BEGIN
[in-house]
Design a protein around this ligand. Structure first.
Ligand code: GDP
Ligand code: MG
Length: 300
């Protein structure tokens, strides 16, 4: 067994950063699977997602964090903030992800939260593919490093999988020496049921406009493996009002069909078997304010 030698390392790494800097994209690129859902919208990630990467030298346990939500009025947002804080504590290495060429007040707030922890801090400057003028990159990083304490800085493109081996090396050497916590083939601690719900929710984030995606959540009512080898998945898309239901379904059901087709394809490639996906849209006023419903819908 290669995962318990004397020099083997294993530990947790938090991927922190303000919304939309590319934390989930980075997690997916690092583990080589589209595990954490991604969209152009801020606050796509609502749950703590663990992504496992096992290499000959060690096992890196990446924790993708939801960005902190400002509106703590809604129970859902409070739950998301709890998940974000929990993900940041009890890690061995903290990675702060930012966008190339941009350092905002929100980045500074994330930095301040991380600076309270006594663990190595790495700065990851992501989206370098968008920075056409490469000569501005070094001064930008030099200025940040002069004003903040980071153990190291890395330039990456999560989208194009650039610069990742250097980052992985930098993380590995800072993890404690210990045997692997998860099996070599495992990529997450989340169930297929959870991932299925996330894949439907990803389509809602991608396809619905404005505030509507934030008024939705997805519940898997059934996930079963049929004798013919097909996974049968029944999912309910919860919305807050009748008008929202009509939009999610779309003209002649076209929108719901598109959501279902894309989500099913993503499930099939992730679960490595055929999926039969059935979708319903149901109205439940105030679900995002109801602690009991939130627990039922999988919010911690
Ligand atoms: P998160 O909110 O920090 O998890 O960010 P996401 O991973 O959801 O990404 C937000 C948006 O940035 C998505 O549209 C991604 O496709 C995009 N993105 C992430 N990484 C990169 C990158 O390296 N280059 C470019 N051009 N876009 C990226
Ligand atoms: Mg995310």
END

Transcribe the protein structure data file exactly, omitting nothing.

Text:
[in-house]
Design a protein around this ligand. Structure first.
Ligand code: GDP
Ligand code: MG
Length: 300
């Protein structure tokens, strides 16, 4: 067994950063699977997602964090903030992800939260593919490093999988020496049921406009493996009002069909078997304010 030698390392790494800097994209690129859902919208990630990467030298346990939500009025947002804080504590290495060429007040707030922890801090400057003028990159990083304490800085493109081996090396050497916590083939601690719900929710984030995606959540009512080898998945898309239901379904059901087709394809490639996906849209006023419903819908 290669995962318990004397020099083997294993530990947790938090991927922190303000919304939309590319934390989930980075997690997916690092583990080589589209595990954490991604969209152009801020606050796509609502749950703590663990992504496992096992290499000959060690096992890196990446924790993708939801960005902190400002509106703590809604129970859902409070739950998301709890998940974000929990993900940041009890890690061995903290990675702060930012966008190339941009350092905002929100980045500074994330930095301040991380600076309270006594663990190595790495700065990851992501989206370098968008920075056409490469000569501005070094001064930008030099200025940040002069004003903040980071153990190291890395330039990456999560989208194009650039610069990742250097980052992985930098993380590995800072993890404690210990045997692997998860099996070599495992990529997450989340169930297929959870991932299925996330894949439907990803389509809602991608396809619905404005505030509507934030008024939705997805519940898997059934996930079963049929004798013919097909996974049968029944999912309910919860919305807050009748008008929202009509939009999610779309003209002649076209929108719901598109959501279902894309989500099913993503499930099939992730679960490595055929999926039969059935979708319903149901109205439940105030679900995002109801602690009991939130627990039922999988919010911690
Ligand atoms: P998160 O909110 O920090 O998890 O960010 P996401 O991973 O959801 O990404 C937000 C948006 O940035 C998505 O549209 C991604 O496709 C995009 N993105 C992430 N990484 C990169 C990158 O390296 N280059 C470019 N051009 N876009 C990226
Ligand atoms: Mg995310």